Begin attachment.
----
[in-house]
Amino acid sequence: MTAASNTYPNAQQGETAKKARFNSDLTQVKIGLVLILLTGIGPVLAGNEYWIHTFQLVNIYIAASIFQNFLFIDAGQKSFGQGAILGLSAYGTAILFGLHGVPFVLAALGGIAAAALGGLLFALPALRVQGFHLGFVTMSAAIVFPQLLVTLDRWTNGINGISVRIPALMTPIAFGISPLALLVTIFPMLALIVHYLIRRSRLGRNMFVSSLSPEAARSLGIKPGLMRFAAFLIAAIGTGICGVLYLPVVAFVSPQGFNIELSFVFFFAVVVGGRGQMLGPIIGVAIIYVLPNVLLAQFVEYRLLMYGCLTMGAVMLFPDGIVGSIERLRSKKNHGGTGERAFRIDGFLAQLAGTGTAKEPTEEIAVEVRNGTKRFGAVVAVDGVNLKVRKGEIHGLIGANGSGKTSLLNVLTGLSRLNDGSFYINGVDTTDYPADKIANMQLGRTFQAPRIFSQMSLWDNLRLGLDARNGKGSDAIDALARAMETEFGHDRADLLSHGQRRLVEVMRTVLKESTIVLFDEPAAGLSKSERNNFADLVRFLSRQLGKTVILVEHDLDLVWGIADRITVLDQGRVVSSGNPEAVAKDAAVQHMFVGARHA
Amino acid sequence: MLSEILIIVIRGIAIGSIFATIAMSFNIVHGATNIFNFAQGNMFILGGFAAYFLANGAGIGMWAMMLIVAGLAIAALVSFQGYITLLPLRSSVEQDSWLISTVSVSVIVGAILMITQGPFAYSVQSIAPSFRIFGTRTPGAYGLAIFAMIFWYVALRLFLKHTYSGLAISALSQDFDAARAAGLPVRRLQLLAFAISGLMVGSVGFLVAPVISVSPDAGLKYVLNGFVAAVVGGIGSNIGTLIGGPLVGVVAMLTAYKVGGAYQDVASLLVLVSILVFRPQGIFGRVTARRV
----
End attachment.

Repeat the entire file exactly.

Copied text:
[in-house]
Amino acid sequence: MTAASNTYPNAQQGETAKKARFNSDLTQVKIGLVLILLTGIGPVLAGNEYWIHTFQLVNIYIAASIFQNFLFIDAGQKSFGQGAILGLSAYGTAILFGLHGVPFVLAALGGIAAAALGGLLFALPALRVQGFHLGFVTMSAAIVFPQLLVTLDRWTNGINGISVRIPALMTPIAFGISPLALLVTIFPMLALIVHYLIRRSRLGRNMFVSSLSPEAARSLGIKPGLMRFAAFLIAAIGTGICGVLYLPVVAFVSPQGFNIELSFVFFFAVVVGGRGQMLGPIIGVAIIYVLPNVLLAQFVEYRLLMYGCLTMGAVMLFPDGIVGSIERLRSKKNHGGTGERAFRIDGFLAQLAGTGTAKEPTEEIAVEVRNGTKRFGAVVAVDGVNLKVRKGEIHGLIGANGSGKTSLLNVLTGLSRLNDGSFYINGVDTTDYPADKIANMQLGRTFQAPRIFSQMSLWDNLRLGLDARNGKGSDAIDALARAMETEFGHDRADLLSHGQRRLVEVMRTVLKESTIVLFDEPAAGLSKSERNNFADLVRFLSRQLGKTVILVEHDLDLVWGIADRITVLDQGRVVSSGNPEAVAKDAAVQHMFVGARHA
Amino acid sequence: MLSEILIIVIRGIAIGSIFATIAMSFNIVHGATNIFNFAQGNMFILGGFAAYFLANGAGIGMWAMMLIVAGLAIAALVSFQGYITLLPLRSSVEQDSWLISTVSVSVIVGAILMITQGPFAYSVQSIAPSFRIFGTRTPGAYGLAIFAMIFWYVALRLFLKHTYSGLAISALSQDFDAARAAGLPVRRLQLLAFAISGLMVGSVGFLVAPVISVSPDAGLKYVLNGFVAAVVGGIGSNIGTLIGGPLVGVVAMLTAYKVGGAYQDVASLLVLVSILVFRPQGIFGRVTARRV